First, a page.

There’s been an interesting convergence on the Web of late, thanks to a handful of notable posts.
In considering the issues raised—providing spaces for quiet contemplation and dealing with introverted kids—it’s impossible to step outside the prism of our personal natures and where we ourselves fall on that continuum of outgoing/shy.
Meta conundrum notwithstanding, the potential impact on how we engage kids, library users, and each other demands further discussion in this area.
And we certainly have some provocative talking points:
Bring back shushing librarians The library as quiet space is much more than a stereotype, according to Laura Miller of Salon, but a precious commodity worth preserving. The writer took a second look at the recent Pew study “Library Services in the Digital Age” to reveal that patrons value quiet study spaces and— her main point being—almost as much as they value Internet access.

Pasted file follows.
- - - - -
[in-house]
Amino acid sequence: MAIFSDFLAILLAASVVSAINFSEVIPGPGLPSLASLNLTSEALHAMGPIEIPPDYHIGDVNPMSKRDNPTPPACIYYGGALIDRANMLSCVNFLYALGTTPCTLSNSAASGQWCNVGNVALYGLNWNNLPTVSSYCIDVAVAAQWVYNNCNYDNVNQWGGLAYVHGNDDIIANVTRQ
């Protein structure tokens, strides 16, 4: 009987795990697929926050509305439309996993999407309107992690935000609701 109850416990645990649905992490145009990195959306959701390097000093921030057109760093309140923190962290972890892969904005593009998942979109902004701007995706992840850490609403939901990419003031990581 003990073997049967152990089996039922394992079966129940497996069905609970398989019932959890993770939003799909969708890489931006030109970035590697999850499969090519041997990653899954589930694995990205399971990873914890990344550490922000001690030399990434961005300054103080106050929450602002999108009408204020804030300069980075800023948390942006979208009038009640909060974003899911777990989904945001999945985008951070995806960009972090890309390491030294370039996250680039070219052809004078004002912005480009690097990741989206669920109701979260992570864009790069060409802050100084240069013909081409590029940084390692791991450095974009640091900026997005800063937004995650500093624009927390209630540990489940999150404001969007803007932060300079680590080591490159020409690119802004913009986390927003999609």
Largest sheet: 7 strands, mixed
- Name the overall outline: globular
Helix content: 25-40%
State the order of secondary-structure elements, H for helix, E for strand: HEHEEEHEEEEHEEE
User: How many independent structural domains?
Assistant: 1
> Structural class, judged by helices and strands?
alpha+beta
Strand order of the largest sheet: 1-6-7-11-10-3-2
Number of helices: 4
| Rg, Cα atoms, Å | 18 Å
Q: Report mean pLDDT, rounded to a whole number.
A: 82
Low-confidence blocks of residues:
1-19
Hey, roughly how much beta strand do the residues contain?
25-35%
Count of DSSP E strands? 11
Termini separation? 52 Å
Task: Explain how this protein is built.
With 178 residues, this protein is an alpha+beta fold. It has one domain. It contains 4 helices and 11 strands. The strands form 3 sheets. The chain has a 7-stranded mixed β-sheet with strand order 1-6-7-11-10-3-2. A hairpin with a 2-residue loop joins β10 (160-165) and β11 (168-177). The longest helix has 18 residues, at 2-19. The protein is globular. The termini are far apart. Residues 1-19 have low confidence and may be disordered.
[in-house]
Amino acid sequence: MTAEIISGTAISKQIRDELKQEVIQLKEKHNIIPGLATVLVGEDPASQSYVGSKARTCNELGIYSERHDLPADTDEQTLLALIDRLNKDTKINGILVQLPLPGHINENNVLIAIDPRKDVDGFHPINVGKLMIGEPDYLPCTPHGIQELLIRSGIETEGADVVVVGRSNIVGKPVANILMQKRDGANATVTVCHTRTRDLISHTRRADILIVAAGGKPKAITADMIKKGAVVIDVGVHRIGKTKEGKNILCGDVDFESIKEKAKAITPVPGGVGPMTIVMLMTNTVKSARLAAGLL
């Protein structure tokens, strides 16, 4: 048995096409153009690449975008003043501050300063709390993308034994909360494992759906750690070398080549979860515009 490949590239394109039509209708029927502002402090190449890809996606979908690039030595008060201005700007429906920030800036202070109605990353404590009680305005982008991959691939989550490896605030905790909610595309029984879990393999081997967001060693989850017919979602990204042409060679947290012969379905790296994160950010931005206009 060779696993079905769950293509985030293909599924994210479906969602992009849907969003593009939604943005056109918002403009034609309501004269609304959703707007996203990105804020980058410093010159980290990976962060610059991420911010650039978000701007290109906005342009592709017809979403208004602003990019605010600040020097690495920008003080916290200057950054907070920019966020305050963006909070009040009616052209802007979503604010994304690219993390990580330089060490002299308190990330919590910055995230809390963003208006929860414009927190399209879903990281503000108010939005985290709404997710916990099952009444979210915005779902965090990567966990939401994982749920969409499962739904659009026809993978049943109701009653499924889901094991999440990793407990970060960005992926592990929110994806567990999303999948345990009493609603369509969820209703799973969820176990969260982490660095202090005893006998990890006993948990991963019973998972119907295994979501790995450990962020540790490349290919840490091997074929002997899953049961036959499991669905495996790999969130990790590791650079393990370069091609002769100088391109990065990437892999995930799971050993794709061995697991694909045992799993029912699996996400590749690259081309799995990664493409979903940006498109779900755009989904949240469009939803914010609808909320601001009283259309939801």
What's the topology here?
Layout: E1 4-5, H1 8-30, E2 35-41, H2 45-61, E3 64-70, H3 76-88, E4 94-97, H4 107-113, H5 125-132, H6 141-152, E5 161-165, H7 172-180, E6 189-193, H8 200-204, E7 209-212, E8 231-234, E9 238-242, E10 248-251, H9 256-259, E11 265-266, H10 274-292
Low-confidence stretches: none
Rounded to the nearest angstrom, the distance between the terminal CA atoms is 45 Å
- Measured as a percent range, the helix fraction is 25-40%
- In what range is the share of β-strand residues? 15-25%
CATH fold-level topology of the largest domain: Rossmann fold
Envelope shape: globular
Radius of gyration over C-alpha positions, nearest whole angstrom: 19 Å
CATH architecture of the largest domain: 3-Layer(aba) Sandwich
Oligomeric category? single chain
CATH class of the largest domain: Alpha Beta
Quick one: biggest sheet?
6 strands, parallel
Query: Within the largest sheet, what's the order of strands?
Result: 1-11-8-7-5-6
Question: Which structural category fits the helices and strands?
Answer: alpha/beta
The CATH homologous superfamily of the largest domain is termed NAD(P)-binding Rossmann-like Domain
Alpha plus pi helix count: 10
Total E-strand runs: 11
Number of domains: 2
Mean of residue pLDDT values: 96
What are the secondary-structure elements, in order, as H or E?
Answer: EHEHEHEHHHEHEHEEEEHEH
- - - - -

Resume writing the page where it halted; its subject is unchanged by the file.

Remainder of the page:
Introverted Kids Need to Learn to Speak Up at School Students are expected to speak up and will be graded for it, at least in Jessica Lahey’s class. A middle school English teacher and self-proclaimed extrovert, Lahey’s February 7 essay in the Atlantic elicited strong reaction, particularly from the library community. (But don’t skip the comments here, many by other educators.)
In one blog post, “Doing disservice to introversion” librarian Kelly Jensen takes Lahey to task for equating social anxiety with introversion, for starters. SLJ blogger Liz Burns also weighs in and includes a list of links. Notable among them: “In the Classroom: A Few Classroom Teaching Suggestions from an Introverted Teacher” Here educator and blogger Monica Edinger provides practical tips for accommodating the styles of all sorts of students based on her experience as a “veteran introverted teacher.”
A touchstone on the topic throughout, of course, has been Susan Cain’s 2012 book Quiet: The Power of Introverts in a World That Can’t Stop Talking (Crown).
Her February 2012 Ted Talk: